Only half of Americans feel knowledgeable about HSAs

Only 51 percent of Americans believe they are knowledgeable about Health Savings Accounts (HSAs), according to a new joint report by the LIMRA Secure Retirement Institute and Insured Retirement Institute (IRI).

The survey found that many Americans are unaware that they can use HSA assets accumulated in their working years to pay for health care and long-term care expenses in retirement. In fact, two in five Americans mistakenly believe that balances must be spent by the end of the year, or forfeited. The growing costs of health care and long-term care have prompted many advisors to address these risks with their clients as they plan for retirement. Nine in 10 advisors surveyed say they typically discuss health care or long-term care with clients but only seveb in 10 have specifically addressed the use of an HSA. Those who do not discuss HSAs acknowledge they have insufficient expertise with HSAs. Nearly all advisors (96 percent) surveyed say they would like to learn more.

“Today, only a quarter of Americans plan to use HSA assets to fund future health care costs in retirement,” noted Judy Zaiken, corporate vice president and project director, LIMRA Secure Retirement Institute. “The findings underscore a great opportunity for the industry to educate consumers and advisors on the value of using HSAs for tax-free asset growth and as a financial hedge against retirement health care costs, which is still an uncommon strategy.”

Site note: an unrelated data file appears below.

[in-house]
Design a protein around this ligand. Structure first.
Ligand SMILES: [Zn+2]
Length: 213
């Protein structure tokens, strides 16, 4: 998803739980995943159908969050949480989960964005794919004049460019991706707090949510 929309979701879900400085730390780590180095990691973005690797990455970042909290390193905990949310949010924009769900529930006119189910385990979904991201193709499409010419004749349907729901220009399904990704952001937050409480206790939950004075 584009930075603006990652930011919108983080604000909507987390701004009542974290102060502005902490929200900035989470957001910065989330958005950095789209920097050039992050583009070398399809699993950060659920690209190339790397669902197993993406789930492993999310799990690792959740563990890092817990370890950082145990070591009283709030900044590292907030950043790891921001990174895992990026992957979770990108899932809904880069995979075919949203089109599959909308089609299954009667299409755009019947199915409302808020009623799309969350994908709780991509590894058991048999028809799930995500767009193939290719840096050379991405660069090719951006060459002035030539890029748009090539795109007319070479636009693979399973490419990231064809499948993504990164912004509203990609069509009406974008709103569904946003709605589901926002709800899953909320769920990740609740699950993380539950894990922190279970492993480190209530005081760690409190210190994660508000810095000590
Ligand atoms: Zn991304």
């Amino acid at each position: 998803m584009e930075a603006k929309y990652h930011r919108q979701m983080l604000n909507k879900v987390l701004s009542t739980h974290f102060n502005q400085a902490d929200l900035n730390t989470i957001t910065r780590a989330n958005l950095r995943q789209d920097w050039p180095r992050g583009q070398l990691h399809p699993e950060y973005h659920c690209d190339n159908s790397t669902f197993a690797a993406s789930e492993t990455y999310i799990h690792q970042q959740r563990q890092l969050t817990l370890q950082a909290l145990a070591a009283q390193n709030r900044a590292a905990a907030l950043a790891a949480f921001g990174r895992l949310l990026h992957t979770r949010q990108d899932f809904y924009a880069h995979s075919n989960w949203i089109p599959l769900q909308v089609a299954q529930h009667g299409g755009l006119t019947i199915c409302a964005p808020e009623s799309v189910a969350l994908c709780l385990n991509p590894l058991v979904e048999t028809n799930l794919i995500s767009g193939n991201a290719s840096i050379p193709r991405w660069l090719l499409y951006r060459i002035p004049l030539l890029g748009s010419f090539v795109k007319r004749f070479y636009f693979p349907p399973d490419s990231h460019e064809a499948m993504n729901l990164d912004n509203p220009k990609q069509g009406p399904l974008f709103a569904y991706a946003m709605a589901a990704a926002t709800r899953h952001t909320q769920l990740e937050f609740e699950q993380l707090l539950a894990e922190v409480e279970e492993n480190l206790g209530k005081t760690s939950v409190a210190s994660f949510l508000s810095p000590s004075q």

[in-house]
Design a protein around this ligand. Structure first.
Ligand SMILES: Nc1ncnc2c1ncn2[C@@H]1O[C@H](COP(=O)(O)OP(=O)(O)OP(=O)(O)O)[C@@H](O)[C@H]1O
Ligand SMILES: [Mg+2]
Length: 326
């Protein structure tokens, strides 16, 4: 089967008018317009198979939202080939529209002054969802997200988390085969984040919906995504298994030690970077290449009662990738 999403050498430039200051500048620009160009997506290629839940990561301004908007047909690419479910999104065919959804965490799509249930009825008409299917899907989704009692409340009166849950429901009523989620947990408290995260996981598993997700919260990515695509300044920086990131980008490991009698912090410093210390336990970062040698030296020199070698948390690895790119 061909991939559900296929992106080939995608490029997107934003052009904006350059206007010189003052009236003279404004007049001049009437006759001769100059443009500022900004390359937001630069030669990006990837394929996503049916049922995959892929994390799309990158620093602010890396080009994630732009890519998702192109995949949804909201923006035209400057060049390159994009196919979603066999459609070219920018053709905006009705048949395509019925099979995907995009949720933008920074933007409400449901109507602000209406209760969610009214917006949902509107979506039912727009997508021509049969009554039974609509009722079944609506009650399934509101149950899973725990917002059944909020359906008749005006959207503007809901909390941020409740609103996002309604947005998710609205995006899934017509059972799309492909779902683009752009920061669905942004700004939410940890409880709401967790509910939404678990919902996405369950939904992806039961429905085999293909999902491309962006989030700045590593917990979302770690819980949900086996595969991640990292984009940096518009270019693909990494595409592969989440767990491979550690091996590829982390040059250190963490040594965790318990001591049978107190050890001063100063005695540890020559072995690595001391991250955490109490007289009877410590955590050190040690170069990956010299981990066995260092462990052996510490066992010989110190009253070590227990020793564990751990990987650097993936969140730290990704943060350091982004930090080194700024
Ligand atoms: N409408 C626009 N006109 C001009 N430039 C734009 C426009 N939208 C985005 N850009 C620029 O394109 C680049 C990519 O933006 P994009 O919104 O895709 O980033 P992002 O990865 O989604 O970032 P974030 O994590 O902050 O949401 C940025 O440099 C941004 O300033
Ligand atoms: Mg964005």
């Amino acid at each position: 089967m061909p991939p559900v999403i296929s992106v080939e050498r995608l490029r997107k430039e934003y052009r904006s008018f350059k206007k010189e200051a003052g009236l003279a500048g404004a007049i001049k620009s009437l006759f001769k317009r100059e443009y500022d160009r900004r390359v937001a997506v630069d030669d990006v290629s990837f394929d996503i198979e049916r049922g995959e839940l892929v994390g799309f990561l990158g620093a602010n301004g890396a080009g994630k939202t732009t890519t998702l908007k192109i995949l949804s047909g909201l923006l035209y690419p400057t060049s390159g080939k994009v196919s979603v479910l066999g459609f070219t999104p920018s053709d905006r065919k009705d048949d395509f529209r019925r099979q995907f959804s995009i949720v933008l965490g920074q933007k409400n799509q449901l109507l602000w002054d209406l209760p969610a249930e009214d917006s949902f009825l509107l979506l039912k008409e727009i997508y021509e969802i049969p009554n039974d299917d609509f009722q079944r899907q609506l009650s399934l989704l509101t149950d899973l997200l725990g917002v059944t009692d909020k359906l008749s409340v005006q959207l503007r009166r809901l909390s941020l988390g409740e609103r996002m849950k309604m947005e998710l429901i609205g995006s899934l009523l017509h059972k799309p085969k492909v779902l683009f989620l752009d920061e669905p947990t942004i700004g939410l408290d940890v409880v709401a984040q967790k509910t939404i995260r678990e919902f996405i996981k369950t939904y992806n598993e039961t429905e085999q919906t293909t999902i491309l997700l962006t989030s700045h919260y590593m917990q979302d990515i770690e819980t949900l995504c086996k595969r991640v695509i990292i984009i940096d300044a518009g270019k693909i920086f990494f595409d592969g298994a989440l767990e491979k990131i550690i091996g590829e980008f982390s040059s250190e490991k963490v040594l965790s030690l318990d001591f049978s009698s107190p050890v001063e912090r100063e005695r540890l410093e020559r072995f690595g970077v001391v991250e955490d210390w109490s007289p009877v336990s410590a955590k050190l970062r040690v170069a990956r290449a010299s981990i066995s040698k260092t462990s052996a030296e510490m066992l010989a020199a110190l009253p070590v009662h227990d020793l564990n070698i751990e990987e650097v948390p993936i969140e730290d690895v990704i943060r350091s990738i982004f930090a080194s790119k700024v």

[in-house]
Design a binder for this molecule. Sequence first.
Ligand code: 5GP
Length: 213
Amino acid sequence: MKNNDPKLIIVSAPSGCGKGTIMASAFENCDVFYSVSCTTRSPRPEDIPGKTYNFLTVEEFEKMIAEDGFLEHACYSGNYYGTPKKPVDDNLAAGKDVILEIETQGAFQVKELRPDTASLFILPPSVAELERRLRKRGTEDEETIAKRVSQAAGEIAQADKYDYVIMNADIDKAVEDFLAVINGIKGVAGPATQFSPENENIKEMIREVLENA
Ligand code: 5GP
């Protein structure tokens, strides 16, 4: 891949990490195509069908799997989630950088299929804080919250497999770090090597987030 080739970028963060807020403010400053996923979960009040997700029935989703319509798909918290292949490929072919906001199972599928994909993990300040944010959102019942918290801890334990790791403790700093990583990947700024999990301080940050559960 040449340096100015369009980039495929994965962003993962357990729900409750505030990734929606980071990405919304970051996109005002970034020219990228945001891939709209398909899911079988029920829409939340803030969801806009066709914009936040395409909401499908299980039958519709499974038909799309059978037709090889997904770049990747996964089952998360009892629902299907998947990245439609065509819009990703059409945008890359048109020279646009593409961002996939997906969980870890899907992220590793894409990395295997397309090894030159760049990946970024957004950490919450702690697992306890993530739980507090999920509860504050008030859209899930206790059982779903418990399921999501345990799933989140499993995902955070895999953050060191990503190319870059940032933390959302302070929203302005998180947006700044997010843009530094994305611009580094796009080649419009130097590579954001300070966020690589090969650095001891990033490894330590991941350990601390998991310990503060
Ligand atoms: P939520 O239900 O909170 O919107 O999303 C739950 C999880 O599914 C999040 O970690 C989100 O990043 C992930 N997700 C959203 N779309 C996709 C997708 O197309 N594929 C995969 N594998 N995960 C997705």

The study found there were some groups of consumers that are more likely to be knowledgeable about HSAs than others:

  • Wealthier households are more likely to be knowledgeable about HSAs. Among households with $100,000 or more in financial assets, 65 percent are knowledgeable as compared to just 40 percent of those with less wealth.
  • Men are more likely than women to report being knowledgeable about HSAs (58 percent of men versus 48 percent of women are somewhat or very familiar).
  • Married workers report more HSA knowledge than do non-married workers (69 percent versus 52 percent).
  • Consumers with children report more HSA knowledge than those without children (55 percent versus 44 percent).

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